While I’d never advise anyone to perform this type of mindless rescue, that’s my point. My heart was in rescue mode and waste deep in the water before my mind had anything to do with it! This is the story of my life! I think with my heart. I respond to my life with my heart. I speak and write “straight from the heart” ;) And I minister to individuals with all my heart. To the degree that if someone is drowning in their sorrow or pain my tendency is to jump in heart-first. Immersing myself in the deep waters of their life to rescue them. Leaving not only my unthinking mind, but my husband and kids on the shore!
In my own defense, God created me this way. He wired me to feel deeply the pain of others. I’m an Empath by nature. Just like Jesus, by the way! Jesus had only to look upon a crowd to feel compassion on them. He wept with Mary at the tomb of her brother; his friend Lazarus. He sweated drops of blood in the heart wrenching, emotional agony of Gethsemane. Out of His love for each one of us, He gave His own life to save us. The difference is, He’s the Saviour and I’m not.
Years of emotionally exhausting rescue missions along with an ongoing battle with compassion fatigue has taught me that it’s more effective to stand on the shore and throw out a life preserver instead of being pulled underwater and have both of us drown. I’ve learned the need to tap into my Saviour’s divine “How to” manual—the Bible. Not to be Jesus. But rather to manage others’ pain more like Jesus. Here are a few tips I’ve learned on how to keep from drowning in someone else’s sorrows:
• Let go of the Saviour Complex. When we try to be a saviour, we replace a person’s need of the Saviour.
• Validate pain. Weep with those who weep. Acknowledge that it hurts. But let others feel their own pain before attempting to take it from them.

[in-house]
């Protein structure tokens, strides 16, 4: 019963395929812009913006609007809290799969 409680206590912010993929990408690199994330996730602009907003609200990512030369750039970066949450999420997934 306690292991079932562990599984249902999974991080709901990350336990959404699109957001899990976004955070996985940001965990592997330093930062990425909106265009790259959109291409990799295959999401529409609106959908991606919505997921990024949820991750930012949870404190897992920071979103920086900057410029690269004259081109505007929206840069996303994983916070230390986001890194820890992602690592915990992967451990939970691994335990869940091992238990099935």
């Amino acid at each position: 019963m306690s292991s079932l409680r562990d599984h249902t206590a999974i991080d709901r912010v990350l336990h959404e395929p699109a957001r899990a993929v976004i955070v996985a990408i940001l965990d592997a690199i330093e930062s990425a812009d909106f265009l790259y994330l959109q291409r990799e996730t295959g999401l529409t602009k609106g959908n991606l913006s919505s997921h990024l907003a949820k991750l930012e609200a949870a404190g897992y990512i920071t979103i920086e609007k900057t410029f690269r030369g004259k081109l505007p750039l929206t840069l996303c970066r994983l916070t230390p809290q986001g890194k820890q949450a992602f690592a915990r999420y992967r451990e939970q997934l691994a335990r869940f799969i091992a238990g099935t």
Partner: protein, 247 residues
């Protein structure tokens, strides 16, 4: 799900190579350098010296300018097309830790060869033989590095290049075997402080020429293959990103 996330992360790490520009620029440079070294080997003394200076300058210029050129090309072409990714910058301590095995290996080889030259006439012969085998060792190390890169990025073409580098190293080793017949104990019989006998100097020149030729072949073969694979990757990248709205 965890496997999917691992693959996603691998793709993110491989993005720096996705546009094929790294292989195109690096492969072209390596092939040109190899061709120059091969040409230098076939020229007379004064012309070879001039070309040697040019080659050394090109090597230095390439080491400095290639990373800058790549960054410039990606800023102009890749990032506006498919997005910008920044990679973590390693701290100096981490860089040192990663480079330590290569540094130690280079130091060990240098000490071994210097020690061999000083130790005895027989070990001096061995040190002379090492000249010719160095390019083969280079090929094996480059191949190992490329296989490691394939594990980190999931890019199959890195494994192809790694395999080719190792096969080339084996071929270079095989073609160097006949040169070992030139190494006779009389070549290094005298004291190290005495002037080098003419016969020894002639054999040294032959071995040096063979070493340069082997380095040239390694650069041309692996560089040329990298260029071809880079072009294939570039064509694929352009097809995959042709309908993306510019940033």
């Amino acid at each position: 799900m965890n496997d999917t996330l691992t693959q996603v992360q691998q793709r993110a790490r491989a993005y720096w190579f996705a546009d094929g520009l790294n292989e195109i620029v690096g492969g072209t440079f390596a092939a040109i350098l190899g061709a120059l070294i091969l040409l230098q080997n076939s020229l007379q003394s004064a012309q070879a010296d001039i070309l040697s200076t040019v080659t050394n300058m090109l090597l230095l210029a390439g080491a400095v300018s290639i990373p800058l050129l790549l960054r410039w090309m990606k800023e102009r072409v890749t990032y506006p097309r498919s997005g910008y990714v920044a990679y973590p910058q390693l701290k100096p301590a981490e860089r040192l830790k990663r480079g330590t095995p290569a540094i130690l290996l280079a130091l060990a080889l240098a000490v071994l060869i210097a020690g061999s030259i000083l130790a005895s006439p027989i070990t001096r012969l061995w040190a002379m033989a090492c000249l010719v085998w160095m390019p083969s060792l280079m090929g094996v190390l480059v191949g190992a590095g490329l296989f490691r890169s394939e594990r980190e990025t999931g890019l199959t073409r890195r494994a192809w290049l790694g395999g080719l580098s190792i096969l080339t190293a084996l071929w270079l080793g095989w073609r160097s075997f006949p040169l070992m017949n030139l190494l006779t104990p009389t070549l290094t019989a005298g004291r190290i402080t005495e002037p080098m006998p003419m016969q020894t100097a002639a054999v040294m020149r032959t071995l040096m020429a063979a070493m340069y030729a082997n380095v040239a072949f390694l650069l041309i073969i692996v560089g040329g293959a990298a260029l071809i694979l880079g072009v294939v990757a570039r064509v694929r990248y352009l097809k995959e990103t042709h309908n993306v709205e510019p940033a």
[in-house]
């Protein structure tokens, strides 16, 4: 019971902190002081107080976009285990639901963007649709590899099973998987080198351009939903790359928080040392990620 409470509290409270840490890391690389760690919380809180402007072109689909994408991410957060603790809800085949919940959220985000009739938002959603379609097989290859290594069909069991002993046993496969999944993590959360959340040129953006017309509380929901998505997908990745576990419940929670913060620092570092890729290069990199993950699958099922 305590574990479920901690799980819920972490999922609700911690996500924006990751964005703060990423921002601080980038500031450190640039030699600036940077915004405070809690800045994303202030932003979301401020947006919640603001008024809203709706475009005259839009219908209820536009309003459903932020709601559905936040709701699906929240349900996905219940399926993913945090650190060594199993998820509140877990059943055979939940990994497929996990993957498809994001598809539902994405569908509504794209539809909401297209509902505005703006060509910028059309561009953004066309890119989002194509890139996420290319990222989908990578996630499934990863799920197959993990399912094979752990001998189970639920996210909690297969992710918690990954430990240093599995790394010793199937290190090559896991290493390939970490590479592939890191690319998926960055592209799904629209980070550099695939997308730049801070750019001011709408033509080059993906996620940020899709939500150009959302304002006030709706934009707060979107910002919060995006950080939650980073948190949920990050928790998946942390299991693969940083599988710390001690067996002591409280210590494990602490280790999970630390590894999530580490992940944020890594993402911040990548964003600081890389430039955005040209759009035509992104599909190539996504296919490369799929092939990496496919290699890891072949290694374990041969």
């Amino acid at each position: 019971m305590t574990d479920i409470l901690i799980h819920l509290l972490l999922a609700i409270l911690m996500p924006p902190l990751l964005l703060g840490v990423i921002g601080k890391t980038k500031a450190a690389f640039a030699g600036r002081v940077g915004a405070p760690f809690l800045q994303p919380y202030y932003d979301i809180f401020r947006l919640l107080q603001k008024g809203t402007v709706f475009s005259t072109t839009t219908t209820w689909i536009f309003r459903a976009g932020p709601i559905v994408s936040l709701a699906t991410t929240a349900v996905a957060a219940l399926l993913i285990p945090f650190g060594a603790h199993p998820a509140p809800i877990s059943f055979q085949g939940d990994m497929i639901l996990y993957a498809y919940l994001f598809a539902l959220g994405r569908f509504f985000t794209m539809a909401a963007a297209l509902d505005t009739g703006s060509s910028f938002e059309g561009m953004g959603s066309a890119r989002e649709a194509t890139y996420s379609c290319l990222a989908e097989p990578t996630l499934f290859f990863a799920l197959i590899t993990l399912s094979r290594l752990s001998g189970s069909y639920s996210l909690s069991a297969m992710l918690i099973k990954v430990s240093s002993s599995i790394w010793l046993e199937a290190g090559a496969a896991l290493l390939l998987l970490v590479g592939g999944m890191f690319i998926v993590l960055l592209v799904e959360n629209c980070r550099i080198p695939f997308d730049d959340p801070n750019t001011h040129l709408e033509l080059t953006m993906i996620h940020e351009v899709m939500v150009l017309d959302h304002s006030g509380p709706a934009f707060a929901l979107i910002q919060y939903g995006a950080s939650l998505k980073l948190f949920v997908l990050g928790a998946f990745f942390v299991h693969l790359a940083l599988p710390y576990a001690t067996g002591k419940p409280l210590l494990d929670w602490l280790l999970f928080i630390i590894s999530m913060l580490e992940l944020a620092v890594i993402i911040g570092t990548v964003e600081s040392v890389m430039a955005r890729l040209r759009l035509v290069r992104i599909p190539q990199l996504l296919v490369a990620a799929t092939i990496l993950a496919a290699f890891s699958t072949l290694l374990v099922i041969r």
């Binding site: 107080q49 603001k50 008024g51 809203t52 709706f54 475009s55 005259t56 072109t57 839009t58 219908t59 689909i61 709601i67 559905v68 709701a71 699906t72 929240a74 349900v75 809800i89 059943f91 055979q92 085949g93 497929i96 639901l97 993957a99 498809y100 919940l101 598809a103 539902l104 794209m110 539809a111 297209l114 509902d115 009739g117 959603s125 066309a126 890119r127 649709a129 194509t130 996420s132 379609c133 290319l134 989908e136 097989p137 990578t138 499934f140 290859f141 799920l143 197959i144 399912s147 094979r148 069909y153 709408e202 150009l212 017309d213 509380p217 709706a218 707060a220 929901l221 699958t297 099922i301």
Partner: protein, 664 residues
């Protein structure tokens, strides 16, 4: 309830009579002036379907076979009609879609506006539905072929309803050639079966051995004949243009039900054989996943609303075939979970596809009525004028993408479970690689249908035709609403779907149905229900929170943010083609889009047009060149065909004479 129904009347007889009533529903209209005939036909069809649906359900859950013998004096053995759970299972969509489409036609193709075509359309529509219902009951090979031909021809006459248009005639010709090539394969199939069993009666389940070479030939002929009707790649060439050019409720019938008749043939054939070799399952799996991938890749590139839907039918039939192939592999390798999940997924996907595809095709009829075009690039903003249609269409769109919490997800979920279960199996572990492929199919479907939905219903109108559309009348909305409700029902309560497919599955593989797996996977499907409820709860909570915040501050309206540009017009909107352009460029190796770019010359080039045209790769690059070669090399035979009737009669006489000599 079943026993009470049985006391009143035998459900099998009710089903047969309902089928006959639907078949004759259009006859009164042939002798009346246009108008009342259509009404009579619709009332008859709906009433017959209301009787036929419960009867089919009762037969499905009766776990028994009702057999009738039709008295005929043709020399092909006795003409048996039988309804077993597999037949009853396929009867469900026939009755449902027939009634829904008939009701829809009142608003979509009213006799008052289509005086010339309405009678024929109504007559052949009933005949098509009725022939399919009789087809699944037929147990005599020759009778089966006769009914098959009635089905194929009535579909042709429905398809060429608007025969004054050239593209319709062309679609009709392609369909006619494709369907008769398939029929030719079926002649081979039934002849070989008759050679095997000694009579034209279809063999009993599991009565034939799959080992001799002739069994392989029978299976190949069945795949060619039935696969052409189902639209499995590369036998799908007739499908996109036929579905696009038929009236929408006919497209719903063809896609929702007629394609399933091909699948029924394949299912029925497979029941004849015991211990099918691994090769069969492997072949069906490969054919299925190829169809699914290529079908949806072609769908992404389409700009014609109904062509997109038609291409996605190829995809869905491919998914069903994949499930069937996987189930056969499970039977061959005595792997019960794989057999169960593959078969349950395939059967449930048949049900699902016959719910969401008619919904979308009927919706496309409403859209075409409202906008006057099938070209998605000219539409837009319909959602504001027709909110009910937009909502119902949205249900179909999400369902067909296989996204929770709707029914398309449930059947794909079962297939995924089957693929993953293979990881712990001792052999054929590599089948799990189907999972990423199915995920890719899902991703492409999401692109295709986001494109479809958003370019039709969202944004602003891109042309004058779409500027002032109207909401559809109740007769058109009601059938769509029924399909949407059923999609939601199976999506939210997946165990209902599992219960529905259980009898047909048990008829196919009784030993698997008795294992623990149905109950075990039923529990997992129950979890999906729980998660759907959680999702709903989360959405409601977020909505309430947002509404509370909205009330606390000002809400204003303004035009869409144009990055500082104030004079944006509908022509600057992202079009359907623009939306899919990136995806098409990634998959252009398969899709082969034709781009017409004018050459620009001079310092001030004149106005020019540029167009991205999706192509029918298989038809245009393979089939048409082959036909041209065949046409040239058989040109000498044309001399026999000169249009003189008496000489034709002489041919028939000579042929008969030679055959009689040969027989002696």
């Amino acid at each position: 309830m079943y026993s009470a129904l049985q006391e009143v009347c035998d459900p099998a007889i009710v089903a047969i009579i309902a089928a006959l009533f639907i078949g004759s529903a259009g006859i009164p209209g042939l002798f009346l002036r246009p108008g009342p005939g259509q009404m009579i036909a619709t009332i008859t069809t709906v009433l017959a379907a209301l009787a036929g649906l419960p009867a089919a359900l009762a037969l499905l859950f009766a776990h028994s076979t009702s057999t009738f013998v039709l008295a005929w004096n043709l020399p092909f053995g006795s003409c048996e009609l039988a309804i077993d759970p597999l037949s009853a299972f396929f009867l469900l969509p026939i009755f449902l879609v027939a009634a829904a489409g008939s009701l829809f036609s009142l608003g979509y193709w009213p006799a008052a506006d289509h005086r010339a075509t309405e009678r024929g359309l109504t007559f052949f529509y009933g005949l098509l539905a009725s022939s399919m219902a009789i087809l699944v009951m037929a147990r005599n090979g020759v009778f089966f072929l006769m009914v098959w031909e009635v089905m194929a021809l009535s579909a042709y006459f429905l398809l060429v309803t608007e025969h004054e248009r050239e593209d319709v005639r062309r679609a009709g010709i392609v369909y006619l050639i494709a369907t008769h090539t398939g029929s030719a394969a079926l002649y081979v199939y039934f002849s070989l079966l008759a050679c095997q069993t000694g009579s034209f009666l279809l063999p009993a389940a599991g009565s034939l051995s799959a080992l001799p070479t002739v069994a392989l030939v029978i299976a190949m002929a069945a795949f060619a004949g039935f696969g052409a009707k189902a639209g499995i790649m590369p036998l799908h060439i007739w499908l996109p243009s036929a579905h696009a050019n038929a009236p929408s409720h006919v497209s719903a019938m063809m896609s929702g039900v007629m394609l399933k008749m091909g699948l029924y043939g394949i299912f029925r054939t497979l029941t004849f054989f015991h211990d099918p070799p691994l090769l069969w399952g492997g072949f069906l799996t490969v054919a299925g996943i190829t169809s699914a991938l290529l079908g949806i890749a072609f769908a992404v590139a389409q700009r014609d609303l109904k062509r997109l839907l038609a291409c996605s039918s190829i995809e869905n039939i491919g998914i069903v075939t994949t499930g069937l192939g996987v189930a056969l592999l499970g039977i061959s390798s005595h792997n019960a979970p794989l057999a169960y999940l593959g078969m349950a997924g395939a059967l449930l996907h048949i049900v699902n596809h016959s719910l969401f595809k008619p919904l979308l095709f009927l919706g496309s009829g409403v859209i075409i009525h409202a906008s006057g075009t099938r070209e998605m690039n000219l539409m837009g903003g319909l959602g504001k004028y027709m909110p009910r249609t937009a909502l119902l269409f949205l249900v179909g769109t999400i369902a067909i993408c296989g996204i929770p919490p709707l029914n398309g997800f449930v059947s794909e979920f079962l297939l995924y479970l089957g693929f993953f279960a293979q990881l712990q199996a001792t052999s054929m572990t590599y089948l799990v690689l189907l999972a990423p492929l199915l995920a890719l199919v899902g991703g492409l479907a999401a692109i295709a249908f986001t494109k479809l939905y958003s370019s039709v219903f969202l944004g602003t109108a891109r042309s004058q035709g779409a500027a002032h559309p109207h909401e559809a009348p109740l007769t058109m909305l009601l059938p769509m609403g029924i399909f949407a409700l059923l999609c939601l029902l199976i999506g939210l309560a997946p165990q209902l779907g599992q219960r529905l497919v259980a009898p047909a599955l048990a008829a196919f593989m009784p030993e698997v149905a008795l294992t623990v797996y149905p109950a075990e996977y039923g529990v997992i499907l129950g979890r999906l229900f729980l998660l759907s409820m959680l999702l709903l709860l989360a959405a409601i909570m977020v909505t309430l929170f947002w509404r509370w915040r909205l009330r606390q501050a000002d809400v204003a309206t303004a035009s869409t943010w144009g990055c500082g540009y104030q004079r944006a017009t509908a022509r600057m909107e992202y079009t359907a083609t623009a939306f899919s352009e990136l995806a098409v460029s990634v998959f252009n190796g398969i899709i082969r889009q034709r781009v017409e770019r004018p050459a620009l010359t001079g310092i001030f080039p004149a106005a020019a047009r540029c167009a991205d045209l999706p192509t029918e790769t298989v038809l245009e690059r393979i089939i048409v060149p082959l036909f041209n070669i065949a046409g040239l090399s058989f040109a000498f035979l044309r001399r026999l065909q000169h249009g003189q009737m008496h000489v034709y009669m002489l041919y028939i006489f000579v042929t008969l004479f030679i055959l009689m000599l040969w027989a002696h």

• Ask good questions. This is counseling Jesus’ style. Explore the Gospels to find every time Jesus leads discussion with a question. Rather than fixing a person’s problems, ask questions that will help them draw their own conclusions.
• Assist without enabling. When we take on the full responsibility of other’s problems, we do a disservice to that person. Allow them to work through the tough stuff with the assurance that you’re there for them.
• Pray for, or better yet, with the person. Praying offers the problem into the hands of the One who can work it for their good.
• Provide practical help that will share in and alleviate some of their anguish without being the sole provider.
• Encourage: send an email, mail a card, make a phone call.
• Throw the lifeline called Jesus. Rather than feel responsible to give all the answers, offer the one who is the Answer. Point them to Jesus.
“Praise be to the God and Father of our Lord Jesus Christ, the Father of compassion and the God of all comfort, who comforts us in all our troubles, so that we can comfort those in any trouble with the comfort we ourselves receive from God. For just as we share abundantly in the sufferings of Christ, so also our comfort abounds through Christ. If we are distressed, it is for your comfort and salvation; if we are comforted, it is for your comfort, which produces in you patient endurance of the same sufferings we suffer. And our hope for you is firm, because we know that just as you share in our sufferings, so also you share in our comfort.” (2 Cor. 1:3-7).
Lisa Elliott is an inspirational speaker and award-winning author of The Ben Ripple and Dancing in the Rain. Additionally, she has written articles for Just Between Us Magazine and devotionals for theStory. She and her pastor-husband, David, have four children (3 on earth, 1 in heaven) and serve the Lord together in Ottawa, Ontario, Canada.